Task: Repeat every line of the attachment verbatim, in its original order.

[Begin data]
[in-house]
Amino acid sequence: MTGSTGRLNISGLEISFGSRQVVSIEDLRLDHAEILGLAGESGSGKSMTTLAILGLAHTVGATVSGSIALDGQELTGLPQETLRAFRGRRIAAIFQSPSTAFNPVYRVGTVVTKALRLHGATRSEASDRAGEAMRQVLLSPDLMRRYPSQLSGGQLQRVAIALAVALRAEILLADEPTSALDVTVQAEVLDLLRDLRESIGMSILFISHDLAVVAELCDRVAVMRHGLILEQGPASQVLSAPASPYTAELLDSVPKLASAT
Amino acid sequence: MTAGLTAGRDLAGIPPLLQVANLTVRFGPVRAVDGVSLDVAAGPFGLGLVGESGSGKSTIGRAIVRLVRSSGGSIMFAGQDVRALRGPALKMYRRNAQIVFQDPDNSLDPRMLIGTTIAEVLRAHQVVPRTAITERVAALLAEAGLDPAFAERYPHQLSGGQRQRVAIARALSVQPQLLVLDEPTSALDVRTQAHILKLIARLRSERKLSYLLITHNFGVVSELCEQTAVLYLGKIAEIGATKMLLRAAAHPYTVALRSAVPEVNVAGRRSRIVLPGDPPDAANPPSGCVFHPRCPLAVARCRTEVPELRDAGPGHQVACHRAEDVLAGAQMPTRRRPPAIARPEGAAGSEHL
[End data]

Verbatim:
[in-house]
Amino acid sequence: MTGSTGRLNISGLEISFGSRQVVSIEDLRLDHAEILGLAGESGSGKSMTTLAILGLAHTVGATVSGSIALDGQELTGLPQETLRAFRGRRIAAIFQSPSTAFNPVYRVGTVVTKALRLHGATRSEASDRAGEAMRQVLLSPDLMRRYPSQLSGGQLQRVAIALAVALRAEILLADEPTSALDVTVQAEVLDLLRDLRESIGMSILFISHDLAVVAELCDRVAVMRHGLILEQGPASQVLSAPASPYTAELLDSVPKLASAT
Amino acid sequence: MTAGLTAGRDLAGIPPLLQVANLTVRFGPVRAVDGVSLDVAAGPFGLGLVGESGSGKSTIGRAIVRLVRSSGGSIMFAGQDVRALRGPALKMYRRNAQIVFQDPDNSLDPRMLIGTTIAEVLRAHQVVPRTAITERVAALLAEAGLDPAFAERYPHQLSGGQRQRVAIARALSVQPQLLVLDEPTSALDVRTQAHILKLIARLRSERKLSYLLITHNFGVVSELCEQTAVLYLGKIAEIGATKMLLRAAAHPYTVALRSAVPEVNVAGRRSRIVLPGDPPDAANPPSGCVFHPRCPLAVARCRTEVPELRDAGPGHQVACHRAEDVLAGAQMPTRRRPPAIARPEGAAGSEHL